On September 11, 2001 Jeffrey Coombs, age 42, was aboard the American Airlines flight that crashed into the World Trade Center. He left behind his wife, Ms.Christie Coombs and their three young children. Earlier this year, I met Ms. Coombs. We talked about how widows can create something beautiful out of tragedy. For her, this meant creating a foundation that gives back to military families.
In her husband's memory, Ms. Coombs started the Jeffrey Coombs Foundation in November 2001 with a yard sale and auction. Her efforts raised $50,000, and Ms. Coombs was able to provide families of 9/11 victims, who had yet to receive assistance, some much needed help. She wanted to lead by example and teach her children "to pay it forward."
Since that first yard sale, the Jeffrey Coombs Foundation, a non-profit organization, has expanded to include an annual walk/ race, a summer concert, an auction, and a Christmas tree sale. The foundation reaches family members of military service members who are either currently deployed or served.
One of the biggest events that the Foundation hosts is the Military Family Holiday Gathering. This event, created in 2006, started when Ms. Coombs thought about how difficult the holidays can be for those who experienced a death in their family or have someone living away because they are serving overseas. She recalls, "I thought about how lonely the holidays have been (since her husband died). A lot of people are lonely because of military deployment and I thought I could give these families a distraction with a party."
Ms. Coombs' party is far more extensive than just a buffet dinner. This year, as in prior years, the venue is Gillette Stadium. It is here because she explains, "A lot of families don't have the opportunity to go there." At the stadium, not only is the event free, but the night includes various activities for children and adults with everything from chair massages to a reptile petting zoo. In the past, as well as this year, there are free raffles for every age guest as well as very special guests. In the past, an Acadmey Award winning actor made an appearance, as well as a Boston Bruins player.
Ms Coombs estimates that the event costs nearly $15,000 to host, and she pours in approximately 100 volunteer hours into it. To raise money for the event, she starts the holiday season with a Christmas tree sale. This year, she enlisted the help of the non-profit organizations Cell Phones for Soldiers and Helping Heroes Home. She also has the assistance of corporate sponsor, Hasbro to donate 300 toys. Each child up receives an age appropriate gift.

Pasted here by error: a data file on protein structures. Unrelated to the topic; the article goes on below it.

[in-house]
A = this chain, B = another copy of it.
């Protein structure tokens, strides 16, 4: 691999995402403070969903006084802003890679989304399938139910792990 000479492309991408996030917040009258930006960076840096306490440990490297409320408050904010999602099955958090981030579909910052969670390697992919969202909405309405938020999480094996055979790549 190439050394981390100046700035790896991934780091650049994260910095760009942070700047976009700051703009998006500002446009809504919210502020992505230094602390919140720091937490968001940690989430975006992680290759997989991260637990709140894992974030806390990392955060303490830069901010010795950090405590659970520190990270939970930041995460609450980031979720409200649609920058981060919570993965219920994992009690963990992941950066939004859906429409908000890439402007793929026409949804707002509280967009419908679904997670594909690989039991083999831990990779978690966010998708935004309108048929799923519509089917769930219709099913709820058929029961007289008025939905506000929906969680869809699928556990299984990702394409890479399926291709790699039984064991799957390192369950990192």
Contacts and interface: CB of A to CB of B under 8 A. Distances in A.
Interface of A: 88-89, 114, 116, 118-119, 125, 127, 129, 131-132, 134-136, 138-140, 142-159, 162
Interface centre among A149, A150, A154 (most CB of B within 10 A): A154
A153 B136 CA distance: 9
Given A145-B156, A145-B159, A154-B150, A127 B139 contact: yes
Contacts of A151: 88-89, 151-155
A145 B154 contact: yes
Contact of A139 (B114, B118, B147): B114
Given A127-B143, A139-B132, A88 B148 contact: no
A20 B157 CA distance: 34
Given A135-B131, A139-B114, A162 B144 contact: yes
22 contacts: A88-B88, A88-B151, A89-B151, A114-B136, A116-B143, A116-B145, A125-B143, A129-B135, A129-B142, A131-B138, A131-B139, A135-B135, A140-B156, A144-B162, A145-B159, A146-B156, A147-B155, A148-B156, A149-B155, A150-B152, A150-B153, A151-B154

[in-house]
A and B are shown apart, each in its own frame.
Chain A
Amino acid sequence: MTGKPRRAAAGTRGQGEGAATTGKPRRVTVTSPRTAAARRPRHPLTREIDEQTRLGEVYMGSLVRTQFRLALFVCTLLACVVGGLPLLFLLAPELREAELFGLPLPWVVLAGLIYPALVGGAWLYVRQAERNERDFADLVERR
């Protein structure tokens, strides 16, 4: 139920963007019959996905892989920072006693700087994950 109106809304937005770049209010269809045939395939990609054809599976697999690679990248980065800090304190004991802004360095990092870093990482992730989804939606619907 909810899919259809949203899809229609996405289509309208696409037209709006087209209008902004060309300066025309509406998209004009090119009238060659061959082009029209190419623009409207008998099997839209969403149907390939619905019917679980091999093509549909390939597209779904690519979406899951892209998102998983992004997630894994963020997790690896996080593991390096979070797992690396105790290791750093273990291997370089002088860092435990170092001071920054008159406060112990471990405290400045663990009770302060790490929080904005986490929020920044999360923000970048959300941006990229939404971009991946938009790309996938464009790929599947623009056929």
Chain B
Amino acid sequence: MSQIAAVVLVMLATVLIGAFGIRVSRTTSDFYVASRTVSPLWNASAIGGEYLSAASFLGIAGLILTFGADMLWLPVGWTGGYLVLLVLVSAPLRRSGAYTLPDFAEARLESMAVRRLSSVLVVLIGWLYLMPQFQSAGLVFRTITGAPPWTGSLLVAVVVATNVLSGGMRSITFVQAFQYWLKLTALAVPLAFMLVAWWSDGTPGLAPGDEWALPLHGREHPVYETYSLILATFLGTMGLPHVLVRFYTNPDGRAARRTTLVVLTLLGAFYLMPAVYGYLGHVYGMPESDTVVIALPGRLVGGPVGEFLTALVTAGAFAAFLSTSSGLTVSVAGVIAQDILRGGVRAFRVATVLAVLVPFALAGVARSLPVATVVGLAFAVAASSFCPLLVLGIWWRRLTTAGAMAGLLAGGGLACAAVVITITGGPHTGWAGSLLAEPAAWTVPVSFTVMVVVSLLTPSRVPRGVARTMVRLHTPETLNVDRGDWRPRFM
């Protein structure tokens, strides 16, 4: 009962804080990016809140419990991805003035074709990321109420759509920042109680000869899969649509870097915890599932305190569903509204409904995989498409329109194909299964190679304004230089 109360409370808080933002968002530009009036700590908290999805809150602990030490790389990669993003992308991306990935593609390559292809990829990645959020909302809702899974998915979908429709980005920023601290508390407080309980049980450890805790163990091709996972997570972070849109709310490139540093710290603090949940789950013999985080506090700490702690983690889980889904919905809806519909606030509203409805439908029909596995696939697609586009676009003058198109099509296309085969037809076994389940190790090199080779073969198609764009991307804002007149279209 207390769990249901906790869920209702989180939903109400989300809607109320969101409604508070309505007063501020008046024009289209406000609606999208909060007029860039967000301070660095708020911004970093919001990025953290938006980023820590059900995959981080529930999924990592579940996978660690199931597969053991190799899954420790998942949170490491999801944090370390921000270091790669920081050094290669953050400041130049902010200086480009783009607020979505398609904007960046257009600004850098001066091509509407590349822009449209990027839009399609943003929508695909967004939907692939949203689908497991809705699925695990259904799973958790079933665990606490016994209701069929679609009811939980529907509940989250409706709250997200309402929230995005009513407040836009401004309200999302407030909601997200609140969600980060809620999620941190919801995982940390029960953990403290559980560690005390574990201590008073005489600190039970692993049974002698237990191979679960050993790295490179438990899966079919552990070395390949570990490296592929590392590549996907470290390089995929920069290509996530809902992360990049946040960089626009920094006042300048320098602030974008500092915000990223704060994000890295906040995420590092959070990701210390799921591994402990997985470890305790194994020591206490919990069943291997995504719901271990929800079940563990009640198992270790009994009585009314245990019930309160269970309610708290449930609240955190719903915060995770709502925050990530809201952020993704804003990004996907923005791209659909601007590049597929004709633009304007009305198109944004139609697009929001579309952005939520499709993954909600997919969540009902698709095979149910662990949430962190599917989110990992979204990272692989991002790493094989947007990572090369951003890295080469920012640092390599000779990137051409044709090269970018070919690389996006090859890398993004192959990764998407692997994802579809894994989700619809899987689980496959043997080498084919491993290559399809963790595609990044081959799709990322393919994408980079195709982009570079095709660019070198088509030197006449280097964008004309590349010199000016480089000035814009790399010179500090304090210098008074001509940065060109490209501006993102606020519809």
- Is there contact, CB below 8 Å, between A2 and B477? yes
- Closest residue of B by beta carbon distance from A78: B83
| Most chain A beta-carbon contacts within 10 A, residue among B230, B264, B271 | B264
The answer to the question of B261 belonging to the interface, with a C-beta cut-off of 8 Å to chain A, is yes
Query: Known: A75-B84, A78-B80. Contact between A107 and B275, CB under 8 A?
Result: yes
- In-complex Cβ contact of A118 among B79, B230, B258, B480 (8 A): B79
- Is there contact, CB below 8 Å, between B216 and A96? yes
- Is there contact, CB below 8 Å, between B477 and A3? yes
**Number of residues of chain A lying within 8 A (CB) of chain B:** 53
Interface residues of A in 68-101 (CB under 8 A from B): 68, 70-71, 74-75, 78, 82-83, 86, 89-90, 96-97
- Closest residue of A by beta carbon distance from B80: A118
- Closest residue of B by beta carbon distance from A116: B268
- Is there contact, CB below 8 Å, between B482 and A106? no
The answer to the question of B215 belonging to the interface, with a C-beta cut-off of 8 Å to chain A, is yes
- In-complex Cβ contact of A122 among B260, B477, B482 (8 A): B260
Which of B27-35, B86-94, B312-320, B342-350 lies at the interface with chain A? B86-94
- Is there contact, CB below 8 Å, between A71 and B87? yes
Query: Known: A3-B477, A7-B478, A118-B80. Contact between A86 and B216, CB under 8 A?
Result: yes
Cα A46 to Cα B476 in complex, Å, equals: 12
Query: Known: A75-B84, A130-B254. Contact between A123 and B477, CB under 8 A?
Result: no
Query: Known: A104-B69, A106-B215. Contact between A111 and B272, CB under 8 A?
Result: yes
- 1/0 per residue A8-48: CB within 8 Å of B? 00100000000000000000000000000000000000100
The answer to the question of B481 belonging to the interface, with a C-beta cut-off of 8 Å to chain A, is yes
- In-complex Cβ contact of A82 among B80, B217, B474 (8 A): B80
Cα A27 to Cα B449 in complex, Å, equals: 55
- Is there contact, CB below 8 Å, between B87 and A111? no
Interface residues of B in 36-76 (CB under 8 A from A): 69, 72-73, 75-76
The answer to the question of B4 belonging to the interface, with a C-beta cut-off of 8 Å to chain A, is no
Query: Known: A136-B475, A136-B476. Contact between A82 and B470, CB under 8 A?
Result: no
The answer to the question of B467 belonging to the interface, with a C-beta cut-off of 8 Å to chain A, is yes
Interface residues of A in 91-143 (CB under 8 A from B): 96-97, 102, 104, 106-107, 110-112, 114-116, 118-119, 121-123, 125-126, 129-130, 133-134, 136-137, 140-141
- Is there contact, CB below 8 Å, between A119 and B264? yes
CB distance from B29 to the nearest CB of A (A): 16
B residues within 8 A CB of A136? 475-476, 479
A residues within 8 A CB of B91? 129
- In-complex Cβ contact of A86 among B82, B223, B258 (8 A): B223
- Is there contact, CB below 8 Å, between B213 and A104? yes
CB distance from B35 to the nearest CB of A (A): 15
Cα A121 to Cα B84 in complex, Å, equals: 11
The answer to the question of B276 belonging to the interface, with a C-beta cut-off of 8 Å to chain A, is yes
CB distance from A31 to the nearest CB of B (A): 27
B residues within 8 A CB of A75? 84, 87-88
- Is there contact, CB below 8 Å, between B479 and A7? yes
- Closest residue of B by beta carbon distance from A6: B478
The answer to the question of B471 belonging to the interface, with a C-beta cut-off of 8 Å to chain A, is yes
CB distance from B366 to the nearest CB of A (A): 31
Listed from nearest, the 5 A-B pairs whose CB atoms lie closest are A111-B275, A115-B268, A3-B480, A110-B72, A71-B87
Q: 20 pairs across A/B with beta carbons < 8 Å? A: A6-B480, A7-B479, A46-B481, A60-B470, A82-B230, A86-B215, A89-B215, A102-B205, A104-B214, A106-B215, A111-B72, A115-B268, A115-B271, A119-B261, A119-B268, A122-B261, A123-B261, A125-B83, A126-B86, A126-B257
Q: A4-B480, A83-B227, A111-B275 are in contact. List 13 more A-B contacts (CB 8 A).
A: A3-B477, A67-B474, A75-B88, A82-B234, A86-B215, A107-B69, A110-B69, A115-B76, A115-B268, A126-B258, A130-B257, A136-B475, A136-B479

More important than the gift bags, are the families and service members honored. There is memorial table set in memory of the fallen. The names of those individuals, from Massachusetts, who have died since 2001 are also displayed. It is at this Gold Star memorial table, where two mothers who never met before found each other. Each mother had a son die while in service. This is the first time they had each met another mother who experienced the same type of loss. Ms. Coombs says it is for this very reason of uniting people that hosts the party. "They (the moms) were thrilled to make a contact with one another."
Ms. Fiona Durkin, whose sister Corporal Ciara Durkin died, has attended the event since 2007 with her daughters. "The most important thing about the party is that it helps you know you're not alone. It helps Gold Star families who are struggling to find happiness after the loss to have a time where they can feel it's okay to laugh and have fun. To forget for a short time, if you will."
Military wife Ms Marcy Maloney can easily identify with Ms. Durkin's sentiments. Since 2010, she has attended the holiday party with her children. "The kids worry (about their dad) and being able to have one night of non-stop fun certainly eases their minds as well as being able to be with other kids in the same situation. That's a huge thing for my kids because as a National Guard family we don't have a base to call home."
In 2012, getting Ms. Maloney's husband, Sargent Kevin Maloney home was a challenge. In less than 24 hours before he was to return to their home, he was held in Indiana on a medical hold. Ms Maloney and their children were devastated. When Ms. Coombs found out about this situation, she used the funds from the Foundation to provide an all expense paid trip so the family could travel to Indiana.
Ms. Maloney still has gratitude for Ms. Coomb's generous gesture. Ms Maloney offers, "Words can't express what being able to put my hands on my husband after a year away and surviving Afghanistan meant to me. We never would've been able to do that, but with Christie and the Jeffrey Coombs Foundation we were able to do that. Had she not been there, it would've been another four months until we were able to see him."
Ms. Coombs says despite the long hours of fundraising and party planning she finds it deeply rewarding. "I love doing it because it puts such a smile on these children and their parents."
The Foundation will host the holiday party this year on December 16, 2013 for families of service members who were deployed anytime in 2013 or who will deploy in the first two months 2014 and for families of the fallen who were injured as a result of service in post 9/11. The website is here http://http://www.jeffcoombsfund.org/